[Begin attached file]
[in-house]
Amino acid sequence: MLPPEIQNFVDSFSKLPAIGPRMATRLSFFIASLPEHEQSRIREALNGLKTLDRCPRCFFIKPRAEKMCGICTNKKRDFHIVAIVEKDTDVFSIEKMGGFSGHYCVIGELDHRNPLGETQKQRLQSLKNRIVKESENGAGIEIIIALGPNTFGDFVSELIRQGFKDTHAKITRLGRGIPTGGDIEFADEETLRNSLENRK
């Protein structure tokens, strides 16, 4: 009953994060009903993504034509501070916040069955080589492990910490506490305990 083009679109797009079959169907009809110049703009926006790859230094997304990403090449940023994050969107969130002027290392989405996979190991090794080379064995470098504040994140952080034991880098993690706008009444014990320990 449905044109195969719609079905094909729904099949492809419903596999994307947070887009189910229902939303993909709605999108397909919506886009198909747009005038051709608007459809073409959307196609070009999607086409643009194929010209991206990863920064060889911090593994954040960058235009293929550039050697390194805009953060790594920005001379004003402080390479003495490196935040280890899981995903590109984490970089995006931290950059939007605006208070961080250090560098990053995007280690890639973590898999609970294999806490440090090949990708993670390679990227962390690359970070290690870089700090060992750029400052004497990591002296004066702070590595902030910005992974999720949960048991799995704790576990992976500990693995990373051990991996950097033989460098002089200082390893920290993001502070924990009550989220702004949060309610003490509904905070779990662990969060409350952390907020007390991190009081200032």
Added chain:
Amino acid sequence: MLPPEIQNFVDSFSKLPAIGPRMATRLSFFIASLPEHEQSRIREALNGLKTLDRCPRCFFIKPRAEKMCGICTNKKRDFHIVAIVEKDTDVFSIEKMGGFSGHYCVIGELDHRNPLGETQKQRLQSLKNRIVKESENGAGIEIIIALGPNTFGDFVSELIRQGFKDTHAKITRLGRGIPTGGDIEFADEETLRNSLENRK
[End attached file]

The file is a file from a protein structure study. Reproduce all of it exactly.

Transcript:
[in-house]
Amino acid sequence: MLPPEIQNFVDSFSKLPAIGPRMATRLSFFIASLPEHEQSRIREALNGLKTLDRCPRCFFIKPRAEKMCGICTNKKRDFHIVAIVEKDTDVFSIEKMGGFSGHYCVIGELDHRNPLGETQKQRLQSLKNRIVKESENGAGIEIIIALGPNTFGDFVSELIRQGFKDTHAKITRLGRGIPTGGDIEFADEETLRNSLENRK
């Protein structure tokens, strides 16, 4: 009953994060009903993504034509501070916040069955080589492990910490506490305990 083009679109797009079959169907009809110049703009926006790859230094997304990403090449940023994050969107969130002027290392989405996979190991090794080379064995470098504040994140952080034991880098993690706008009444014990320990 449905044109195969719609079905094909729904099949492809419903596999994307947070887009189910229902939303993909709605999108397909919506886009198909747009005038051709608007459809073409959307196609070009999607086409643009194929010209991206990863920064060889911090593994954040960058235009293929550039050697390194805009953060790594920005001379004003402080390479003495490196935040280890899981995903590109984490970089995006931290950059939007605006208070961080250090560098990053995007280690890639973590898999609970294999806490440090090949990708993670390679990227962390690359970070290690870089700090060992750029400052004497990591002296004066702070590595902030910005992974999720949960048991799995704790576990992976500990693995990373051990991996950097033989460098002089200082390893920290993001502070924990009550989220702004949060309610003490509904905070779990662990969060409350952390907020007390991190009081200032």
Added chain:
Amino acid sequence: MLPPEIQNFVDSFSKLPAIGPRMATRLSFFIASLPEHEQSRIREALNGLKTLDRCPRCFFIKPRAEKMCGICTNKKRDFHIVAIVEKDTDVFSIEKMGGFSGHYCVIGELDHRNPLGETQKQRLQSLKNRIVKESENGAGIEIIIALGPNTFGDFVSELIRQGFKDTHAKITRLGRGIPTGGDIEFADEETLRNSLENRK